Can periodontal therapy impact your general health?

As a member of the American Academy for Oral Systemic Health, Dr. Acker understands that oral health conditions such as periodontal disease are linked to the occurrence of systemic diseases such as rheumatoid arthritis, heart disease, diabetes, and stroke.

Over the years there has been a growing amount of evidence that periodontal (gum) disease is associated with systemic health concerns for people with certain diseases and conditions. The following article addresses the link between systemic conditions and oral health. By focusing on providing patients with a wellness and preventive approach to their oral health and general health, Dr. Acker aims to reduce the different factors that put your health at risk.

Does a link exist?

According to the American Academy of Periodontology (AAP) and the Bale/Doneen Method, research has shown that evidence does point to a relationship between periodontal disease and other diseases. In a cost-based study documented by the American Journal of Preventive Medicine there is valuable evidence that suggests non-invasive periodontal therapy may improve health outcomes in pregnancy and systemic conditions.

Gum disease and heart disease

A few separate studies have shown that periodontal disease is associated with heart disease.  According to recent research periodontal disease has been known to increase the risk of heart disease.

For a long time bacteria was thought to be the most predominant factor that linked periodontal disease to other diseases in the body. According to the AAP, scientists believe inflammation may be responsible for the link between the conditions. Basically by treating inflammation first we may be able to help manage periodontal disease and help with the management of other chronic inflammatory conditions at the same time.

Periodontal disease can also exacerbate existing heart conditions. Patients at risk for infective endocarditis may require antibiotics prior to dental procedures. Your periodontist and cardiologist will be able to determine if your heart condition requires use of antibiotics prior to dental procedures.

Gum disease and stroke

Additional studies have also distinguished a relationship between periodontal disease and stroke. In one study that looked at the causal relationship of oral infection as a risk factor for stroke, people diagnosed with acute cerebrovascular ischemia were found more likely to have an oral infection when compared to those in the control group.

Gum disease and diabetes

Diabetic patients are more likely to have periodontal disease than those without. Periodontal disease is even considered a symptom of diabetes and it is thought to cause complications for blood sugar levels and other diabetic concerns.

Periodontal disease may make it more difficult for people who have diabetes to control their blood sugar. Severe periodontal disease may also increase blood sugar. This puts people with diabetes at greater risk of diabetic complications.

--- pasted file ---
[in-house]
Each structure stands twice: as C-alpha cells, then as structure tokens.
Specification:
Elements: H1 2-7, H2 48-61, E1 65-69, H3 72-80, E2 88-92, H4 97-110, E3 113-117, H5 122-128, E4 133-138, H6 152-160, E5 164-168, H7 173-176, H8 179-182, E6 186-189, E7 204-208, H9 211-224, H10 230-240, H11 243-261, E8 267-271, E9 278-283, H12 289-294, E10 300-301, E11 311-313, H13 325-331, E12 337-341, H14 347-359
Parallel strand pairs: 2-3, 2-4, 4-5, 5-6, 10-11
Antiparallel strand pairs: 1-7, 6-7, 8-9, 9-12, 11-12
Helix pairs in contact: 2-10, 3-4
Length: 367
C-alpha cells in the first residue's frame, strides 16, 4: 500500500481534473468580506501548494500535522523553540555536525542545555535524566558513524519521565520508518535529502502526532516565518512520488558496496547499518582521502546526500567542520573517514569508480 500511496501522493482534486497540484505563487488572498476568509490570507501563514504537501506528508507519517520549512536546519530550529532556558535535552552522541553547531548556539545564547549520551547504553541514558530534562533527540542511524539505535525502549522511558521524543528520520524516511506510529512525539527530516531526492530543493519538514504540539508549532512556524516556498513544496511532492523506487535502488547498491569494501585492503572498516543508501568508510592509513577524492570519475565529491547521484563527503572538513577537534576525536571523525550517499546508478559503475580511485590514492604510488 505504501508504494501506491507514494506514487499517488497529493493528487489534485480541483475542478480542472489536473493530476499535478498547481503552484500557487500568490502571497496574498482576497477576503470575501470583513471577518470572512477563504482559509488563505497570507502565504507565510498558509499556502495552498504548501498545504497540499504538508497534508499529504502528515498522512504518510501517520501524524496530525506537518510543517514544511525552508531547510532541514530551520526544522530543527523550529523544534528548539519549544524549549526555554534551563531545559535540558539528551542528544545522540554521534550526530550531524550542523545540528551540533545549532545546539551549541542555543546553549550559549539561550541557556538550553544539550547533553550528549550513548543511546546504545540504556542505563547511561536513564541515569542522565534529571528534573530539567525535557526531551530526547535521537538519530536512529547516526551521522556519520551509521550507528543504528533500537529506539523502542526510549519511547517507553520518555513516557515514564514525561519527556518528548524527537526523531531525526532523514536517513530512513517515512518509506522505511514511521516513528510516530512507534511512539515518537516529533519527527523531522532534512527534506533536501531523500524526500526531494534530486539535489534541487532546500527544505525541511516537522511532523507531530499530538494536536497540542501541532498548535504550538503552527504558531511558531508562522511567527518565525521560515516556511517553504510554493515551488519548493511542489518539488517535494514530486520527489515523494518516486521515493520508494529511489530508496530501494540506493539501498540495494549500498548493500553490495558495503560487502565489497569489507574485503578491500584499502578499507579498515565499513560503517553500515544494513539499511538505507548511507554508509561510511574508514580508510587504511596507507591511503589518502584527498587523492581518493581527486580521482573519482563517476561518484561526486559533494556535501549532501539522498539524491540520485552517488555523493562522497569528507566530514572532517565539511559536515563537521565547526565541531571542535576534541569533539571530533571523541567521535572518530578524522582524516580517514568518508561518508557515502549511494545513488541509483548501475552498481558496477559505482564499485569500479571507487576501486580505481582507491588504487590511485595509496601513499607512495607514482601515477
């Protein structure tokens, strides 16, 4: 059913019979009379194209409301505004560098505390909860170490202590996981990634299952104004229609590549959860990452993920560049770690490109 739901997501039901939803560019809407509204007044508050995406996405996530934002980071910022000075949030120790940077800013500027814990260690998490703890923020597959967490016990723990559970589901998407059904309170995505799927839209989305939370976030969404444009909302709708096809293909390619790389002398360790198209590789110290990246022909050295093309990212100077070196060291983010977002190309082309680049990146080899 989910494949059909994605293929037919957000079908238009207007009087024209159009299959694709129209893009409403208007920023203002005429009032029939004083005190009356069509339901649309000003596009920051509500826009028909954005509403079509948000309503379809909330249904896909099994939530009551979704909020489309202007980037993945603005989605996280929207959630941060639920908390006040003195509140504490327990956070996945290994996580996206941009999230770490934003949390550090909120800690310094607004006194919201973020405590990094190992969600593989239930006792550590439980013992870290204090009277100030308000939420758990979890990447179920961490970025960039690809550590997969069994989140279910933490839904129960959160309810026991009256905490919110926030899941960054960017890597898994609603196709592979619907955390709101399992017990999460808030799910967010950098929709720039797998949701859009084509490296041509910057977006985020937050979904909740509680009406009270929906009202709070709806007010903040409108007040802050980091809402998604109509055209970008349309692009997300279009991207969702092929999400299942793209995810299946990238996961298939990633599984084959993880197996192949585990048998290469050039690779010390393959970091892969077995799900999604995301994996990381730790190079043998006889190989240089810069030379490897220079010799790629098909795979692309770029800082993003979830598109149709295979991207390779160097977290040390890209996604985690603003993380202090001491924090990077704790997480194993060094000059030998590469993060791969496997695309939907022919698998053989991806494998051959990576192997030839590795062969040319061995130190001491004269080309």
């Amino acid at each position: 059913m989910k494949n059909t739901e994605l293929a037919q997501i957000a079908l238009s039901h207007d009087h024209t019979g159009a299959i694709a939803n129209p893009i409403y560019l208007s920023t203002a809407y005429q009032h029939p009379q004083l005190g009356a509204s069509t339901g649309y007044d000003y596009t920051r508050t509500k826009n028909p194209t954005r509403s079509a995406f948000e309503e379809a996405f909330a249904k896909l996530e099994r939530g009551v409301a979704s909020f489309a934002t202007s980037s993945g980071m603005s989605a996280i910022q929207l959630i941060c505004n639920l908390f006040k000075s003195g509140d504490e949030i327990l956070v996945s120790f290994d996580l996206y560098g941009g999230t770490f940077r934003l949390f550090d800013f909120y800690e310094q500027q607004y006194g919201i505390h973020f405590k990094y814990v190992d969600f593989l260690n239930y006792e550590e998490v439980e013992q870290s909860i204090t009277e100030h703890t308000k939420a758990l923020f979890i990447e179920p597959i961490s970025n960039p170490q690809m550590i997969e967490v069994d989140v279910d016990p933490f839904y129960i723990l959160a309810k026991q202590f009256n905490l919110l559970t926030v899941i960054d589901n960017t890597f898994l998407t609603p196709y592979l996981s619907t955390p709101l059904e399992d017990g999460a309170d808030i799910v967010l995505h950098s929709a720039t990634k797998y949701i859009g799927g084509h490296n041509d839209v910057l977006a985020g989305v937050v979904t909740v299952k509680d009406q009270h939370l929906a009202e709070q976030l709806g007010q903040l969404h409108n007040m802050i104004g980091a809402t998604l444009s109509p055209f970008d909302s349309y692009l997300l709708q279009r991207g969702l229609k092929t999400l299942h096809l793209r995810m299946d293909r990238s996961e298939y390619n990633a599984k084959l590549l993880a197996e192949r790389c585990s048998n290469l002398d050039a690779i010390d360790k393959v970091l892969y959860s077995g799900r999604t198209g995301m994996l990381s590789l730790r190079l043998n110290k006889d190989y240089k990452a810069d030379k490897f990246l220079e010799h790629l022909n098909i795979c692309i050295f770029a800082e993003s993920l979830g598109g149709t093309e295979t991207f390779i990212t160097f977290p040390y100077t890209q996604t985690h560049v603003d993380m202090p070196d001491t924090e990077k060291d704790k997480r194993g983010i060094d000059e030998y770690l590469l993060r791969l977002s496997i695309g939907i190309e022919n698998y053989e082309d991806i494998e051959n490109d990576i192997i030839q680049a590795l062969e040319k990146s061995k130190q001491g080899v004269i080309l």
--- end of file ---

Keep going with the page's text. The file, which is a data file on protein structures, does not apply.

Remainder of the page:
Gum disease and other systemic diseases

Osteoporosis

Researchers may have found a link between osteoporosis and bone loss in the jaw. Studies suggest that osteoporosis may lead to tooth loss because the density of the bone that supports the teeth may be decreased. This means that the teeth no longer have a solid foundation to hold them in place.

Respiratory disease

Research has found that bacteria that grows in the oral cavity from gum disease or infection can be breathed in through to the lungs, potentially causing respiratory diseases such as pneumonia.

Cancer

Researchers found that men with gum disease were 49% more likely to develop kidney cancer, 54% more likely to develop pancreatic cancer, and 30% more likely to develop blood cancers.

Statistics and information retrieved from AAP

So can periodontal therapy impact your general health?

Current research has established a link between periodontal disease and stroke and heart attack risk. The study performed by the American Journal of Preventive Medicine reveals a direct correlation between some of these conditions and the amount of money spent on medical attention.

The Elite Dental approach is wellness, total health, and risk assessment

When was the last time you had a dental check-up? Here at Elite Dental in Staten Island, we provide risk assessment for patients from Staten Island, Brooklyn, New Jersey and surrounding suburbs. Book an appointment today and find out if periodontal treatment can help to alleviate your medical concerns.

For more information on the link between your oral health and overall wellness, book an appointment with Dr. Steve Acker today for a check-up and assessment of your gums and teeth.


MYOFUNCTIONAL THERAPY
Using a series of targeted exercises, myofunctional therapy creates harmony between the facial muscles to ensure effective breathing, speaking, eating and socializing.
for children and adults
In honor of Children's Dental Health Month, we're hosting an exciting event about myofunctional therapy, and how your child's breathing could affect their health for the rest of their life. This event will take place at our office on Monday February 26 from 4.30pm